WordPress

  • An Extended Interview With WordPress Creator Matt Mullenweg: J.J. Colao of Forbes sat down with Mat Mullenweg last March to talk about Matt’s transition to CEO, what’s next for Automattic, the distributed workforce, and more. It’s a long read, but worth it. What stood out for me were Matt’s comments about the mobile direction for Automattic.
  • Optimizing Contact Form 7 for Better Performance: Downloading Contact Form 7 code on every page on your website is bad for performance. Check out these steps for only loading it on the pages that include Contact Form 7.
  • Use CSS for Equal Height Column Post Grid:My friend Marcy Diaz highlights how you can easily create equal high columns. Really helpful when you have different title lengths.
  • WP Remote Now Supports Zapier: If you’re a WP Remote user, the recent integration with Zapier (the tool that allows you to connect your apps to move data and automate tasks) offers you more opportunities to monitor and log website events.

Responsive Design

CSS and HTML

  • All About Style Guides: Love this series on style guides from TutsPlus. There are eight posts in the series; five posts published in the past week. From resources, to tools, to creating style guides for specific audiences, you’ll get your questions about style guides answered.
    All About Style Guides
  • Everything You Need to Know About the CSS will-change Property: In the past, web designers and developers have used the translateZ() or translate3d() hacks to trick browsers into pushing our animations and transforms into hardware acceleration. With the new will-change property, you can inform the browser of changes that will occur. Learn about the do’s and don’ts in this explanation from Sara Soueidan on the Dev Opera site.

What I Found Interesting

  • Court Rules It’s Illegal for Police to Track Your Cellphone With No Warrant: Privacy advocates celebrated this week’s ruling from the U.S. Circuit Court of Appeals that police will now need a search warrant to obtain phone records from your carrier.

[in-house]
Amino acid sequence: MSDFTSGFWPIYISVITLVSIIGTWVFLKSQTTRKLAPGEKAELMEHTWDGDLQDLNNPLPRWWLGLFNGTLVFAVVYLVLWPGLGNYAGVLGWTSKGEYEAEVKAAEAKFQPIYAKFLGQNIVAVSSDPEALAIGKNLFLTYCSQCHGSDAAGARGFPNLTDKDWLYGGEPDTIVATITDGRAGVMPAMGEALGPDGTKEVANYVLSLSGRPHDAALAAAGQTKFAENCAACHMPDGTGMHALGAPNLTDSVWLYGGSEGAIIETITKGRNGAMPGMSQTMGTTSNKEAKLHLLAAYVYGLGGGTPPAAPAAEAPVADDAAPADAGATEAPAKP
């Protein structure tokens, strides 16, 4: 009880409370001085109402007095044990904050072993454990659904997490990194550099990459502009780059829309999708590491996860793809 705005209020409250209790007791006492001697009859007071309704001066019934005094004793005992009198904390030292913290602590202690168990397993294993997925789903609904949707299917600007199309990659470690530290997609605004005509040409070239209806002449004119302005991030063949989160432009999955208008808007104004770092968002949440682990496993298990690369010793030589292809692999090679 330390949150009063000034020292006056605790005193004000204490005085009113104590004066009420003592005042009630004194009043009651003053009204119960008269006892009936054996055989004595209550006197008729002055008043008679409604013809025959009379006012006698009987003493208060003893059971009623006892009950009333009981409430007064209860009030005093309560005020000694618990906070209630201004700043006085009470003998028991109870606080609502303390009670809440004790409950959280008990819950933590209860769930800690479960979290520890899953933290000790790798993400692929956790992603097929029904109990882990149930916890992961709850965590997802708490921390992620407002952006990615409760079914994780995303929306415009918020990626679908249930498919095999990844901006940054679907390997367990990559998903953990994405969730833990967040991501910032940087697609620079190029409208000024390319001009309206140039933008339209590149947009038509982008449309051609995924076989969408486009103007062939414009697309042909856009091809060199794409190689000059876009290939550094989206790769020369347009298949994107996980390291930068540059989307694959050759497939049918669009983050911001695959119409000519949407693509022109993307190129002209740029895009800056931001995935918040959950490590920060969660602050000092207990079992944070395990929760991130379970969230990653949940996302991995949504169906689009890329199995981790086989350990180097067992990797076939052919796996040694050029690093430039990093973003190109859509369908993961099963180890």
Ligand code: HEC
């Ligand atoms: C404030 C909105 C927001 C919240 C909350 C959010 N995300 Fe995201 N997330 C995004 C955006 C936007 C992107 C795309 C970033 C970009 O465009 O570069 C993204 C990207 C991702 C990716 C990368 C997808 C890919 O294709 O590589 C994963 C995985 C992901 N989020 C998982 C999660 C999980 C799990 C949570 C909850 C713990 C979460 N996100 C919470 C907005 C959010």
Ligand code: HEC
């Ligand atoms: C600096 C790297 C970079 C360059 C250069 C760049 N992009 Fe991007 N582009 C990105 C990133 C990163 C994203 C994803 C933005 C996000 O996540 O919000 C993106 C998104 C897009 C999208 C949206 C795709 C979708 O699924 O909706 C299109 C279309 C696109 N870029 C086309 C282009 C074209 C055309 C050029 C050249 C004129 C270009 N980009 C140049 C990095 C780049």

The decision is binding in Florida, Georgia, and Alabama, but the American Civil Liberties Union (ACLU) believes it is “likely to be used by courts around the country that take up the issue.”

  • Why We had a Code of Conduct: Thrilled to see this video and transcript from web designer and Rustbelt Refresh co-organizer Brad Colbow explaining why this year’s conference included a Code of Conduct.
  • Email? It’s So Last Decade. How To Communicate With Generation Y: Pretty bold statement to say email is so last decade. I realize many people don’t like to read email, but without a link to a research study on email behavior, I’m skeptical. I’m encouraged to hear about the success of their intranet being developed and used as a social communication tool. That takes a lot of research from the team developing it, as well as support and resources from management.
About Deborah Edwards-Onoro

Deborah is a web developer and user experience professional focused on usability and accessibility. She's active in local groups as a leader for Detroit User Experience, Refresh Detroit, and Metro Detroit WordPress. In her free time, you'll find her birdwatching, shooting photos, reading, and watching tennis.

Comments

  1. Thank you for including me in this week’s roundup, Deborah!